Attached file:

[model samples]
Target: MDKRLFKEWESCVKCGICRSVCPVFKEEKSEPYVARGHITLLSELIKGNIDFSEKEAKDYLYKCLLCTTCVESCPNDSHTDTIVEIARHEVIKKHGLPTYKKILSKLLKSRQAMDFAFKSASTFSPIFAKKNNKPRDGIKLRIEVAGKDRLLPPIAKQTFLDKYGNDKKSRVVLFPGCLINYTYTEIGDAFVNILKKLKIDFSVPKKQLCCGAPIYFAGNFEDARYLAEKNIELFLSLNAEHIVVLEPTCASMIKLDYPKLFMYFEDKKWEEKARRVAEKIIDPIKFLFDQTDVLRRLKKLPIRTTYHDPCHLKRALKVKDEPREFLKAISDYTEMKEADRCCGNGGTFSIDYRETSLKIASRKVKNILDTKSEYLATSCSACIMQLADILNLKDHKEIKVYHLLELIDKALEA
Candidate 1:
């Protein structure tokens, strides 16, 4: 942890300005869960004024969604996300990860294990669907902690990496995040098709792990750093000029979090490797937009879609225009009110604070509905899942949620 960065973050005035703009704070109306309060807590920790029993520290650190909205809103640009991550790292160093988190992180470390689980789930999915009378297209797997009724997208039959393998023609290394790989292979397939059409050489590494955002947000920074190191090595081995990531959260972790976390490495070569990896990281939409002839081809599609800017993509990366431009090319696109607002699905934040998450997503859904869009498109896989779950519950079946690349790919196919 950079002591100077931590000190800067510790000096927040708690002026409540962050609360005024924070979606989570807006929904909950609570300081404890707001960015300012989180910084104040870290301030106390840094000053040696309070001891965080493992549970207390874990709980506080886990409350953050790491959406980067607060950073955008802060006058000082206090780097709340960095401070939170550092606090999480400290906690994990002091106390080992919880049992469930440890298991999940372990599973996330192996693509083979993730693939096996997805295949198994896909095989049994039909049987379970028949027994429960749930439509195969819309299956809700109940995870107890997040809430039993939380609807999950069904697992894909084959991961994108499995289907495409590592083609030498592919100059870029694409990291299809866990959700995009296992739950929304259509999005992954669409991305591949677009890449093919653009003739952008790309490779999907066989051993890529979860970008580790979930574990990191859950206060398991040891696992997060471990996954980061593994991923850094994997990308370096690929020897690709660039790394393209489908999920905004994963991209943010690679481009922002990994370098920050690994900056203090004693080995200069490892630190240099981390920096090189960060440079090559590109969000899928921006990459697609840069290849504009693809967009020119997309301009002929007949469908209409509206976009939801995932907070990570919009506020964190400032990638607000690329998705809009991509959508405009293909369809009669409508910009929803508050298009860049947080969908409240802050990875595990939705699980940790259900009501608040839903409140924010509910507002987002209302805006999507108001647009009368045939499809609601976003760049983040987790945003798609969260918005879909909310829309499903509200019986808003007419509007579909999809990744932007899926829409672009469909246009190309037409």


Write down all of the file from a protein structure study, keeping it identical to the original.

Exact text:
[model samples]
Target: MDKRLFKEWESCVKCGICRSVCPVFKEEKSEPYVARGHITLLSELIKGNIDFSEKEAKDYLYKCLLCTTCVESCPNDSHTDTIVEIARHEVIKKHGLPTYKKILSKLLKSRQAMDFAFKSASTFSPIFAKKNNKPRDGIKLRIEVAGKDRLLPPIAKQTFLDKYGNDKKSRVVLFPGCLINYTYTEIGDAFVNILKKLKIDFSVPKKQLCCGAPIYFAGNFEDARYLAEKNIELFLSLNAEHIVVLEPTCASMIKLDYPKLFMYFEDKKWEEKARRVAEKIIDPIKFLFDQTDVLRRLKKLPIRTTYHDPCHLKRALKVKDEPREFLKAISDYTEMKEADRCCGNGGTFSIDYRETSLKIASRKVKNILDTKSEYLATSCSACIMQLADILNLKDHKEIKVYHLLELIDKALEA
Candidate 1:
């Protein structure tokens, strides 16, 4: 942890300005869960004024969604996300990860294990669907902690990496995040098709792990750093000029979090490797937009879609225009009110604070509905899942949620 960065973050005035703009704070109306309060807590920790029993520290650190909205809103640009991550790292160093988190992180470390689980789930999915009378297209797997009724997208039959393998023609290394790989292979397939059409050489590494955002947000920074190191090595081995990531959260972790976390490495070569990896990281939409002839081809599609800017993509990366431009090319696109607002699905934040998450997503859904869009498109896989779950519950079946690349790919196919 950079002591100077931590000190800067510790000096927040708690002026409540962050609360005024924070979606989570807006929904909950609570300081404890707001960015300012989180910084104040870290301030106390840094000053040696309070001891965080493992549970207390874990709980506080886990409350953050790491959406980067607060950073955008802060006058000082206090780097709340960095401070939170550092606090999480400290906690994990002091106390080992919880049992469930440890298991999940372990599973996330192996693509083979993730693939096996997805295949198994896909095989049994039909049987379970028949027994429960749930439509195969819309299956809700109940995870107890997040809430039993939380609807999950069904697992894909084959991961994108499995289907495409590592083609030498592919100059870029694409990291299809866990959700995009296992739950929304259509999005992954669409991305591949677009890449093919653009003739952008790309490779999907066989051993890529979860970008580790979930574990990191859950206060398991040891696992997060471990996954980061593994991923850094994997990308370096690929020897690709660039790394393209489908999920905004994963991209943010690679481009922002990994370098920050690994900056203090004693080995200069490892630190240099981390920096090189960060440079090559590109969000899928921006990459697609840069290849504009693809967009020119997309301009002929007949469908209409509206976009939801995932907070990570919009506020964190400032990638607000690329998705809009991509959508405009293909369809009669409508910009929803508050298009860049947080969908409240802050990875595990939705699980940790259900009501608040839903409140924010509910507002987002209302805006999507108001647009009368045939499809609601976003760049983040987790945003798609969260918005879909909310829309499903509200019986808003007419509007579909999809990744932007899926829409672009469909246009190309037409």